There is an explanation here that makes more sense to me than the "absorption and re-radiation" explanation - they describe it as an out-of-phase interfering EM wave induced in the material, generating a complex refractive index:
http://en.wikipedia.org/wiki/Refractive_index#Microscopic_explanation

The absorption & re-radiation explanation may be applicable to experiments where light is "stopped" - and then later released by a laser pulse.
 

Offline lightarrow

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Re: Does EM of all frequencies travel slower trough matter?
« Reply #10 on: 25/09/2014 11:07:09 »
The absorption & re-radiation explanation may be applicable to experiments where light is "stopped" - and then later released by a laser pulse.
But in condensed phase it's however a nonsense, for me.
Perhaps my link didn't show immediately the post I was referring to, where I wrote:

Quote

<< Do Photons Move Slower in a Solid Medium?

Contributed by ZapperZ. Edited and corrected by Gokul43201 and inha

This question appears often because it has been shown that in a normal, dispersive solid such as glass, the speed of light is slower than it is in vacuum. This FAQ will strictly deal with that scenario only and will not address light transport in anomolous medium, atomic vapor, metals, etc., and will only consider light within the visible range.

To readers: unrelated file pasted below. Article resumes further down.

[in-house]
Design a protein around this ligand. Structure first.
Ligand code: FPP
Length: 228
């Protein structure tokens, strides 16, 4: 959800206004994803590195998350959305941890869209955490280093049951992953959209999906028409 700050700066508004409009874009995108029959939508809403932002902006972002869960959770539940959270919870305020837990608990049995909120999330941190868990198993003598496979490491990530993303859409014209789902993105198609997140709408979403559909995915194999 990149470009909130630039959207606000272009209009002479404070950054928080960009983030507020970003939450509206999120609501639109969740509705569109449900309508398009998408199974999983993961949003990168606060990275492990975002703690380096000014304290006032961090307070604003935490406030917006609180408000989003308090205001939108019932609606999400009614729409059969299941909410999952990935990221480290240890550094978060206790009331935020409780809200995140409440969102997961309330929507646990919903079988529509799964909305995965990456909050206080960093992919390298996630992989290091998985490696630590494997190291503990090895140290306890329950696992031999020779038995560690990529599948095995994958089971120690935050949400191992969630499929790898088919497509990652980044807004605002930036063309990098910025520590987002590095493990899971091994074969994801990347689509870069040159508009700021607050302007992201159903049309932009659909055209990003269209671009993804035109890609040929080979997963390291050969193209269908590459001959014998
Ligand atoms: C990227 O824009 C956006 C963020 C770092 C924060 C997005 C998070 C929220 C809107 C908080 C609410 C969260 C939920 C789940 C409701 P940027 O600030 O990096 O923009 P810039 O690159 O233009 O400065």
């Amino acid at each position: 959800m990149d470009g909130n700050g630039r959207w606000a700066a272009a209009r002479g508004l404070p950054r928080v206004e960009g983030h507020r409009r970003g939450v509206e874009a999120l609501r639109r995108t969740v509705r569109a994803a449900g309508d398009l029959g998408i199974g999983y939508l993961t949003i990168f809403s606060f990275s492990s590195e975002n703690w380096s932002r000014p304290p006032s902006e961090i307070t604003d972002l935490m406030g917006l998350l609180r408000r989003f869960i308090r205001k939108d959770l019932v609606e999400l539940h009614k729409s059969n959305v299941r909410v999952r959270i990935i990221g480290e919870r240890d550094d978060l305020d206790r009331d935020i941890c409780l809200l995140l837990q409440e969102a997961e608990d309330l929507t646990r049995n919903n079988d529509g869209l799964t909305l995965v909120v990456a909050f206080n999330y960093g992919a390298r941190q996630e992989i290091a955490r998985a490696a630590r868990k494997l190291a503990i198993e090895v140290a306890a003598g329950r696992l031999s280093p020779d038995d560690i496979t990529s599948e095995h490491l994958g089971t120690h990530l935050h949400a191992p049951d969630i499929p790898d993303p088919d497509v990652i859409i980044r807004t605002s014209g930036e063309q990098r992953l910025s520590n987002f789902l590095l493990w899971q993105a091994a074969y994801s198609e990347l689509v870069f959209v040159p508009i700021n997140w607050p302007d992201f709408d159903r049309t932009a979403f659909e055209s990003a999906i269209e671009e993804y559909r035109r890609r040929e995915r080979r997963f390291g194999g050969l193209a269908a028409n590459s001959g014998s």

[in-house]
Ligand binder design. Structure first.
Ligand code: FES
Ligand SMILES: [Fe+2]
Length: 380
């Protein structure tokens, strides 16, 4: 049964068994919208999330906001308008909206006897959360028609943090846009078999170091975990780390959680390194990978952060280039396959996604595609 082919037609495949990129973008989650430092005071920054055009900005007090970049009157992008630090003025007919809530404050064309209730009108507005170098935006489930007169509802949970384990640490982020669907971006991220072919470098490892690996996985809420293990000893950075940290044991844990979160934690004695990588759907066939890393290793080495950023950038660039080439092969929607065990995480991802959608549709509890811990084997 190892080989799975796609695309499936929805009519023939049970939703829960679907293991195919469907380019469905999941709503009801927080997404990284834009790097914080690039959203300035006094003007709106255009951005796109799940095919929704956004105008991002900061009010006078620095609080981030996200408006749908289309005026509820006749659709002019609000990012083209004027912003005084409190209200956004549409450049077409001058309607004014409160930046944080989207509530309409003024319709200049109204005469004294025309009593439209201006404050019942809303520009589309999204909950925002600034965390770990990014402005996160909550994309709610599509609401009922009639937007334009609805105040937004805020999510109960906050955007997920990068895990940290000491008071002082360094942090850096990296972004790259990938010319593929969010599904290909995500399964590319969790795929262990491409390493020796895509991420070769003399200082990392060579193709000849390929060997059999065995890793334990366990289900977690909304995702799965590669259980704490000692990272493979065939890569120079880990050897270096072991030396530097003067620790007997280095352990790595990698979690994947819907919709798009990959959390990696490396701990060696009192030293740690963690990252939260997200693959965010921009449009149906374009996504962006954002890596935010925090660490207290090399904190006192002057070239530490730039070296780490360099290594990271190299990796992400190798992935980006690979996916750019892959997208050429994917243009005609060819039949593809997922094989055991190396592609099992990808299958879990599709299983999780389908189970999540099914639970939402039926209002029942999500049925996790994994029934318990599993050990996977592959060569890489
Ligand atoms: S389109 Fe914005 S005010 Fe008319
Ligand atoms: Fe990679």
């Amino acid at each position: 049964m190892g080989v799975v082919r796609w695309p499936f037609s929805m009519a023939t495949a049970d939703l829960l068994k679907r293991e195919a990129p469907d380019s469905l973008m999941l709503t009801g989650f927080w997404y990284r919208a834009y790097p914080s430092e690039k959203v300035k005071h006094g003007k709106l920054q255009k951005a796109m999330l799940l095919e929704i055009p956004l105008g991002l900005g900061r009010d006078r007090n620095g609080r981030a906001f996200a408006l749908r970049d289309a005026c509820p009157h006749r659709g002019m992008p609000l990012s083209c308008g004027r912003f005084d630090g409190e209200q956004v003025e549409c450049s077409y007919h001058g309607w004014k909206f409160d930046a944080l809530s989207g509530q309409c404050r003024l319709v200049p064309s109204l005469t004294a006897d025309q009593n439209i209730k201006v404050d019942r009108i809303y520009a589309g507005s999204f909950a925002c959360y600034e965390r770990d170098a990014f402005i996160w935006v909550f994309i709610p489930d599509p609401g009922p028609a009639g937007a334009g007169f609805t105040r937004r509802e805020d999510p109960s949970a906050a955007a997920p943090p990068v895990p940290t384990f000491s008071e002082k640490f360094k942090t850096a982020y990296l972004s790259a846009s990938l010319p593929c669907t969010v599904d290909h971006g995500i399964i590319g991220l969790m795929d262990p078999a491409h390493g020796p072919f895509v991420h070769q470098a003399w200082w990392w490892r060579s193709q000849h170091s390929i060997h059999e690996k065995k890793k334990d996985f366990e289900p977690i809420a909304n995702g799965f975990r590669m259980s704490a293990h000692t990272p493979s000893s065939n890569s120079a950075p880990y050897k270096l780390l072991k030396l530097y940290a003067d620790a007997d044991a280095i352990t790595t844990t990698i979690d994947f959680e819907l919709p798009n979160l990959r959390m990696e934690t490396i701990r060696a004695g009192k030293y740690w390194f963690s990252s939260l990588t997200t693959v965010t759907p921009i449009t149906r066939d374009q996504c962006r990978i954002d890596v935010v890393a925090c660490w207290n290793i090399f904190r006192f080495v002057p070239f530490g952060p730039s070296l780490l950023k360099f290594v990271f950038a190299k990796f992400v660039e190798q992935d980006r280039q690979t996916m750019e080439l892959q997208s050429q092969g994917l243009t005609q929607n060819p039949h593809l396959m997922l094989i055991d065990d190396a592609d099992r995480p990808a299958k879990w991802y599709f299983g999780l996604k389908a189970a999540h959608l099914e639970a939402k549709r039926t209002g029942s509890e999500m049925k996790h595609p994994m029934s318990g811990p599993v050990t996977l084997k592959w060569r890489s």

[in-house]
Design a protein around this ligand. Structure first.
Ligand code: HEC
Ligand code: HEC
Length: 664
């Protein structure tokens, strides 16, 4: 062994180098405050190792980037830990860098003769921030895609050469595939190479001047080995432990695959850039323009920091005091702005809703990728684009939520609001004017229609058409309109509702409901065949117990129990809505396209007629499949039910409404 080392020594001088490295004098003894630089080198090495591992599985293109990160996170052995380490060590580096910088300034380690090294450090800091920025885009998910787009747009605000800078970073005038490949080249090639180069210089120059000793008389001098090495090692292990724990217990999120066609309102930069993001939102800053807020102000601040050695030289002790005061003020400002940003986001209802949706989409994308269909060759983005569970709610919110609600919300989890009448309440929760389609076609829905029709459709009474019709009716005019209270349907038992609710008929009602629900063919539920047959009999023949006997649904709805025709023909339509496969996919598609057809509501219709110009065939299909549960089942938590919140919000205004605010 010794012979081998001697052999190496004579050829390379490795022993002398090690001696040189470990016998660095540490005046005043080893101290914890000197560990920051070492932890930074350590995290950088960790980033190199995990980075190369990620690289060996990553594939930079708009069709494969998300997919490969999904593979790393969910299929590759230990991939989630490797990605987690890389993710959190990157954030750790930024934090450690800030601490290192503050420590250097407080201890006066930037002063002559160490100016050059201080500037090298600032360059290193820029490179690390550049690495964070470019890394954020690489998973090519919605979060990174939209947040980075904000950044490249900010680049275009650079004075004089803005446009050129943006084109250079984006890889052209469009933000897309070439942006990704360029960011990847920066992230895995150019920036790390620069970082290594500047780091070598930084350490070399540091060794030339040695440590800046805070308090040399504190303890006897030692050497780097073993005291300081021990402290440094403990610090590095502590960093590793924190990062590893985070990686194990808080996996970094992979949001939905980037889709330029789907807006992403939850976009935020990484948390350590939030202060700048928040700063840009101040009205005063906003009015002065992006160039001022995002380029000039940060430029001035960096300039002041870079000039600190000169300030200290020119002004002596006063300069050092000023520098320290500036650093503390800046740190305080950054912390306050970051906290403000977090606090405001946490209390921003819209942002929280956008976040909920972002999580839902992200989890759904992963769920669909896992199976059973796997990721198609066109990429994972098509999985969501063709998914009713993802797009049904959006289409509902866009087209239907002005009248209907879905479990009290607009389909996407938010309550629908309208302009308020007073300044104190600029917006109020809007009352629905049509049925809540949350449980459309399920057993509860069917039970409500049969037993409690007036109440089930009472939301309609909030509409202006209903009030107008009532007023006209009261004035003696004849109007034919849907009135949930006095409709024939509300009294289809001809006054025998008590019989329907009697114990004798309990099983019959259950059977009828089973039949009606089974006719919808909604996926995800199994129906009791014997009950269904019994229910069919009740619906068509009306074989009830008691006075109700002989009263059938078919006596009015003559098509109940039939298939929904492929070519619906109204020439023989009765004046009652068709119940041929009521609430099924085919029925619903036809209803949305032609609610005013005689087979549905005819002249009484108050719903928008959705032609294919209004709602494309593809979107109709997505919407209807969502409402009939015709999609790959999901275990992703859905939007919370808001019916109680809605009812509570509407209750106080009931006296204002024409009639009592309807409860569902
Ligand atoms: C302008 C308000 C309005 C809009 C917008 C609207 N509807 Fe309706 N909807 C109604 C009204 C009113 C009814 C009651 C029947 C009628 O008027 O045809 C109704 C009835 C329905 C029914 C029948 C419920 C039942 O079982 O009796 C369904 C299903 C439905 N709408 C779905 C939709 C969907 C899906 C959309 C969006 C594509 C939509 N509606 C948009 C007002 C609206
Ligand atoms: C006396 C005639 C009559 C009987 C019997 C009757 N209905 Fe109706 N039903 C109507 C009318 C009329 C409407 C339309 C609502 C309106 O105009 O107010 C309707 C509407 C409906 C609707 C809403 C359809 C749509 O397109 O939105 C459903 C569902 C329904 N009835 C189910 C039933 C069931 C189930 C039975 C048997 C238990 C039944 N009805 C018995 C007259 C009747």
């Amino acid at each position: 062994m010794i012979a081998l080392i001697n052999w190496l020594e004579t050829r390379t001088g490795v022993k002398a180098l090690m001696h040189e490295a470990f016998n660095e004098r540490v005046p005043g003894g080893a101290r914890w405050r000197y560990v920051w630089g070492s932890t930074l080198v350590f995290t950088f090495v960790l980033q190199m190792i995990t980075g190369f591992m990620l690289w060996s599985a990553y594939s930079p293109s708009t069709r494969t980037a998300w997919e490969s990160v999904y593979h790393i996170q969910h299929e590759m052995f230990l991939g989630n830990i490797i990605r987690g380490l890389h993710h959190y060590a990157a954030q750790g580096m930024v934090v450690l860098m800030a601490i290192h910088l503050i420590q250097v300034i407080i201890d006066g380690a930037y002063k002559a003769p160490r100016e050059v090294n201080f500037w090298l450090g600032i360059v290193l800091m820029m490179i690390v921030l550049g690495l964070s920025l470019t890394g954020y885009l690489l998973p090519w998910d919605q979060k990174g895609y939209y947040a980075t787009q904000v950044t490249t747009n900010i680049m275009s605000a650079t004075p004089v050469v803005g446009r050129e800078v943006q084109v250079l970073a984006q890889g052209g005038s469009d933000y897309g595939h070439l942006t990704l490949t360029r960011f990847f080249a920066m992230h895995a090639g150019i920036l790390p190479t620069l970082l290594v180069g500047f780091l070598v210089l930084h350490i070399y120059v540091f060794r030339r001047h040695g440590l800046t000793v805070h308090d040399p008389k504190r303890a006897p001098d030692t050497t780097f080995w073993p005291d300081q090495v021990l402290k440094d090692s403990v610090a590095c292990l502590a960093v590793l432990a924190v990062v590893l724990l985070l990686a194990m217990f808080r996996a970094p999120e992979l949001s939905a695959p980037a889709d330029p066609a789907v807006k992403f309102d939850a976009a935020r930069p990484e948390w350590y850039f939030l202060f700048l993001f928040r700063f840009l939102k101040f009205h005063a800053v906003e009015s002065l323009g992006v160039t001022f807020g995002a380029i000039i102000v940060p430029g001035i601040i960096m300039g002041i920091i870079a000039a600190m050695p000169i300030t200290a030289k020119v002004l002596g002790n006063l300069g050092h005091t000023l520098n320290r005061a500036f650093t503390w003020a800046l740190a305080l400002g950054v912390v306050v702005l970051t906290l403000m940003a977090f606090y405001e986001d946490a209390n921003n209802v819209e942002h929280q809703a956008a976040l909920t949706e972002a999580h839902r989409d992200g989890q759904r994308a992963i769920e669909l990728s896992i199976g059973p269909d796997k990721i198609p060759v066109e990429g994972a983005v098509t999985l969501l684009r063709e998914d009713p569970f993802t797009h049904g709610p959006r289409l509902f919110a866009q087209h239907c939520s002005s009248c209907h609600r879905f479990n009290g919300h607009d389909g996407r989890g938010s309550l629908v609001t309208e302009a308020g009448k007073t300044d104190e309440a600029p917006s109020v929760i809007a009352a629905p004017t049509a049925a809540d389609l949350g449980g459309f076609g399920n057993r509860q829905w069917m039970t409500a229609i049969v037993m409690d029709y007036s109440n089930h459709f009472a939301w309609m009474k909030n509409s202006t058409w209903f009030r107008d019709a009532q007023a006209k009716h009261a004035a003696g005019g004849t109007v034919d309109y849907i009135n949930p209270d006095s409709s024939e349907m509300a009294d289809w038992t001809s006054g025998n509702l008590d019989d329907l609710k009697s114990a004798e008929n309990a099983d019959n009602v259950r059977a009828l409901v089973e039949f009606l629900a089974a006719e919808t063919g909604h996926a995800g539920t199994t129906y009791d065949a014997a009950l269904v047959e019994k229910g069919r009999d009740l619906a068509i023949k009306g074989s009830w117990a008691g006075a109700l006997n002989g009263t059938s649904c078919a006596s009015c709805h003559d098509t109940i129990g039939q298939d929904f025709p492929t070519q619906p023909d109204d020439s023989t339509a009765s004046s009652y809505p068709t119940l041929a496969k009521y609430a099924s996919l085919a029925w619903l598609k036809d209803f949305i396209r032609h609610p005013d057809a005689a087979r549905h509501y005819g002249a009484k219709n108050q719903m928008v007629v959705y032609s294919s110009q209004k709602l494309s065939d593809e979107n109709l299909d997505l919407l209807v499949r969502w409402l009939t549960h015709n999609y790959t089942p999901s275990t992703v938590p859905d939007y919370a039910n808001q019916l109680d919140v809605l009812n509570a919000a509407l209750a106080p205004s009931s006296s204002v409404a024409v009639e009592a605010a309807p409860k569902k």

The process of describing light transport via the quantum mechanical description isn't trivial. The use of photons to explain such process involves the understanding of not just the properties of photons, but also the quantum mechanical properties of the material itself (something one learns in Solid State Physics). So this explanation will attempt to only provide a very general and rough idea of the process.

A common explanation that has been provided is that a photon moving through the material still moves at the speed of c, but when it encounters the atom of the material, it is absorbed by the atom via an atomic transition. After a very slight delay, a photon is then re-emitted. This explanation is incorrect and inconsistent with empirical observations. If this is what actually occurs, then the absorption spectrum will be discrete because atoms have only discrete energy states. Yet, in glass for example, we see almost the whole visible spectrum being transmitted with no discrete disruption in the measured speed. In fact, the index of refraction (which reflects the speed of light through that medium) varies continuously, rather than abruptly, with the frequency of light.